Editors’ Picks: Opportunities for Writing in Community
Here at LR, we value community as a space for growth and artistic exploration. The mentorship that we receive when we work with older writers, and the camaraderie we experience when working with our peers can both be particularly important in encouraging us to push forward with our strengths and in challenging us to reach for new heights in our work. Writing and creating alongside other members of the Asian American community can also be a incredibly transformative experience: on the individual level, it can help us to wrestle with our personal senses of vision and identity, while on a larger scale, it can help us to mobilize ourselves as a community. There are many opportunities to participate in community writing workshops that happen throughout the year, but in this post we’d like to focus on three whose deadlines are coming up in the next few months.
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What: Kearny Street Workshop’s 7th Annual Intergenerational Writers Lab
When: April 3 – May 22, 2010
Where: San Francisco, CA
Seeking: Emerging SF Bay Area writers
Application Deadline: Received by 5 pm on February 19, 2010 (Note: NOT a postmark deadline)
The Kearny Street Workshop’s Intergenerational Writers Lab is, according to the KSW’s web site,
“A unique program with three of SF’s community-based interdisciplinary arts organizations designed to thoroughly explore and develop your writing. Accepted applicants will participate in eight workshops led by accomplished writers and artists, engage in and be inspired by other artistic genres, perform their work at a public event, be published in online anthology, and have the opportunity to develop a communal network of writing peers.”
This year’s program will feature Lorna Dee Cervantes, Letitia Hernandez, Ben Fong-Torres, and Genny Lim as instructors. Applications can be found on KSW’s web site. For those accepted, the workshop carries a tuition fee of $425, but a few scholarships are available. KSW has an eye to supporting artists of all aesthetic stripes (from spoken word to lyric verse to avant-garde), but specifically emphasizes that the ideal applicant for their Writers Lab should “demonstrate a consistent pursuit of the arts and a deep interest in participating in an experimental writing program.” If you are a young SF Bay Area writer looking to explore new forms and techniques under the guidance of older, more established local artists, we highly recommend that you consider taking advantage of this opportunity.
[note: edited 1/26/10 at 4:17 PM EST, to reflect KSW’s announcement of Genny Lim as tbe fourth instructor.]
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What: Kundiman Annual Poetry Retreat
When: June 22-27, 2010
Where: Fordham University, NYC
Seeking: Asian American poets, nationwide.
Application Deadline: March 1, 2010 (Postmarked)
Writes Kundiman, by way of introduction to its annual retreat program:
In order to help mentor the next generation of Asian-American poets, Kundiman is sponsoring an annual Poetry Retreat at The University of Virginia. During the Retreat, nationally renowned Asian American poets will conduct workshops with fellows. Readings, writing circles and informal social gatherings will also be scheduled. Through this Retreat, Kundiman hopes to provide a safe and instructive environment that identifies and addresses the unique challenges faced by emerging Asian American poets.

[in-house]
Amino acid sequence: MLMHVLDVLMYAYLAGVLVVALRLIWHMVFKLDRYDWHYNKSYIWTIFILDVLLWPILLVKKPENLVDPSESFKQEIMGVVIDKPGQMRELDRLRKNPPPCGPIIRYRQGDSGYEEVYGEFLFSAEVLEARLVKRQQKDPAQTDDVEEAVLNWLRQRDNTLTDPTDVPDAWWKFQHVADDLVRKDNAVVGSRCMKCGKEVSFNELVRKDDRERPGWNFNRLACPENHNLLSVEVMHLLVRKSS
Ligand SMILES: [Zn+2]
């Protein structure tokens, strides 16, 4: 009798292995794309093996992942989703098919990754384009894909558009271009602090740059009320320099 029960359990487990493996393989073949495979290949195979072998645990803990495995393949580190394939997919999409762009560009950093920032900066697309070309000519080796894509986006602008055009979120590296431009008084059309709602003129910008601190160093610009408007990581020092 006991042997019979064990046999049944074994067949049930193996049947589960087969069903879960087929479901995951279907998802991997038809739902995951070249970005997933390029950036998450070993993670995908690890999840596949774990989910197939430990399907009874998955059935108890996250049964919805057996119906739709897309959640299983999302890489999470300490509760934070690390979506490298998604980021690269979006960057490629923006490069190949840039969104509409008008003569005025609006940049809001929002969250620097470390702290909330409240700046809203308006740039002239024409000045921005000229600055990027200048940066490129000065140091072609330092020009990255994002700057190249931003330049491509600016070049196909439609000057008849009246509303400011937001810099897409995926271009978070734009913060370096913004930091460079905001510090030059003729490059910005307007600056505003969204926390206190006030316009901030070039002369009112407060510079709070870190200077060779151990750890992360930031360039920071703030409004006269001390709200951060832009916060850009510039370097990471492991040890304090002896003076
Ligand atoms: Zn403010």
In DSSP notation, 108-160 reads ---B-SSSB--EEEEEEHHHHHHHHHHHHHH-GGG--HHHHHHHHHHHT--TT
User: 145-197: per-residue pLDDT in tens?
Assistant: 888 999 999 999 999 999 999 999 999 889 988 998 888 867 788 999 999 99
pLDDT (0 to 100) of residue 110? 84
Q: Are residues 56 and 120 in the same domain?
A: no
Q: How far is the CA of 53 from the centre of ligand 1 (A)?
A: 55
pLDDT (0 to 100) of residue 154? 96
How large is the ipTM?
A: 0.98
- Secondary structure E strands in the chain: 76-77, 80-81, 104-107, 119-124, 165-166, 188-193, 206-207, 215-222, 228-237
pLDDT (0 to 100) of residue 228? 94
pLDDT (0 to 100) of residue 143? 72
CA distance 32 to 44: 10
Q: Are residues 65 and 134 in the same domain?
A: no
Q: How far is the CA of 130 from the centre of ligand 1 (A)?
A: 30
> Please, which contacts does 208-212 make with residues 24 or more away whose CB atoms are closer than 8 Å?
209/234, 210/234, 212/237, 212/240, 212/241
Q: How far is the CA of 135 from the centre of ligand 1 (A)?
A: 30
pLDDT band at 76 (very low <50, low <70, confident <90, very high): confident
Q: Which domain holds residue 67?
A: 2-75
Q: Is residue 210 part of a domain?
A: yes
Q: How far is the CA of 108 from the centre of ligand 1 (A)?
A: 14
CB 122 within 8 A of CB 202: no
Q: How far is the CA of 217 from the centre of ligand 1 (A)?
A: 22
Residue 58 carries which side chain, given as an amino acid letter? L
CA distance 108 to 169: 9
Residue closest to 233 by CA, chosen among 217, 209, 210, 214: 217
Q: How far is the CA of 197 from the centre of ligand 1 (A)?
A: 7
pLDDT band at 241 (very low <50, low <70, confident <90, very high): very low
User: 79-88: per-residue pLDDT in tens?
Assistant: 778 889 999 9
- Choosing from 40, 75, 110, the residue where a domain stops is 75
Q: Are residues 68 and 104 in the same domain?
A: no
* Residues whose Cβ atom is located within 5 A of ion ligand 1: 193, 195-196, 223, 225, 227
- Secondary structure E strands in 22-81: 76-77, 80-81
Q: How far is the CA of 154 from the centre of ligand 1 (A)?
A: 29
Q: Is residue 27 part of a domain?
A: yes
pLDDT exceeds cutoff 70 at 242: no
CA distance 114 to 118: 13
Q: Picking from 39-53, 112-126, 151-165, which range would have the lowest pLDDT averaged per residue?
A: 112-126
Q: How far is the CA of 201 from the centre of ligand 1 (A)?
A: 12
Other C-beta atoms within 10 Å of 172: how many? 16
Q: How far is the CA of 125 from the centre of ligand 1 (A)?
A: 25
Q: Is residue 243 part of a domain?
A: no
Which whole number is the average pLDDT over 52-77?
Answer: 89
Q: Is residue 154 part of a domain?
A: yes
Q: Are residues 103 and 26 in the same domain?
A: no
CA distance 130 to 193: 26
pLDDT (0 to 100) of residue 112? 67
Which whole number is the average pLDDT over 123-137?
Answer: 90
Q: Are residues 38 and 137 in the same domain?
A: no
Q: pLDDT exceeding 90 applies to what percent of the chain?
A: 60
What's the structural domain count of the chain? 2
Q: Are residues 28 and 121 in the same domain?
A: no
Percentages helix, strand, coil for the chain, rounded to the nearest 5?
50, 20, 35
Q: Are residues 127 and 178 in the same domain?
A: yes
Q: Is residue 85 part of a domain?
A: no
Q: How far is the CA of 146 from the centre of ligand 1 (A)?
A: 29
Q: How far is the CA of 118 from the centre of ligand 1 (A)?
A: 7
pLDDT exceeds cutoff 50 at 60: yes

Kundiman, modeled after the highly successful organization Cave Canem, is one of the foremost proponents of Asian American poetry in the nation. To be accepted as a Kundiman Fellow (and thus to participate in the retreat) is to be inducted into a highly respected community of talented Asian American poets. Kundiman Fellows speak passionately about the experiences they’ve had at the retreat, and continue to engage with and speak up for one another’s work long after the summer is over. This year’s five-day retreat has places for eight students and will feature faculty members Regie Cabico, Tan Lin, and Paisley Rekdal. Tuition is $350 (room and board free to accepted Fellows). If you are an emerging Asian American poet, this is an opportunity for which you should definitely apply.
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What: Write to Resist
When: Thursdays, beginning on February 11, 2010, from 4:30-6 pm
Where: Project Reach, 39 Eldridge Street, 4th floor, New York, NY 10002
Seeking: High School aged Asian American women from the NYC area
Application Deadline: None (Rolling)
Write to Resist bills itself as:
“a writing workshop series for high school age Asian American young women who are looking for a space where they can use writing as a tool to talk about issues of violence. It’s an opportunity for those who are interested in both writing and talking about issues of violence to be in a supportive space to write, read, discuss, play, and engage in activities that will open up deep investigations into the role violence plays in our everyday lives, and what we can do to actively challenge it.”
This free workshop series looks to be an incredible opportunity for young women. According to the Write to Resist web site, participants will work together on creating a zine publication, and will culminate the series with a performance showcase of their work. If you are a young Asian American woman going to high school in NYC (or know of someone who might be interested), please do consider filling out the application (which is more of a questionnaire). No prior experience is necessary. To quote the web site, “All that Write to Resist requires is that you come in with an open mind, a willingness to discuss some hard topics, and a creative spirit that is ready not only to develop one’s own work, but to support others as well!”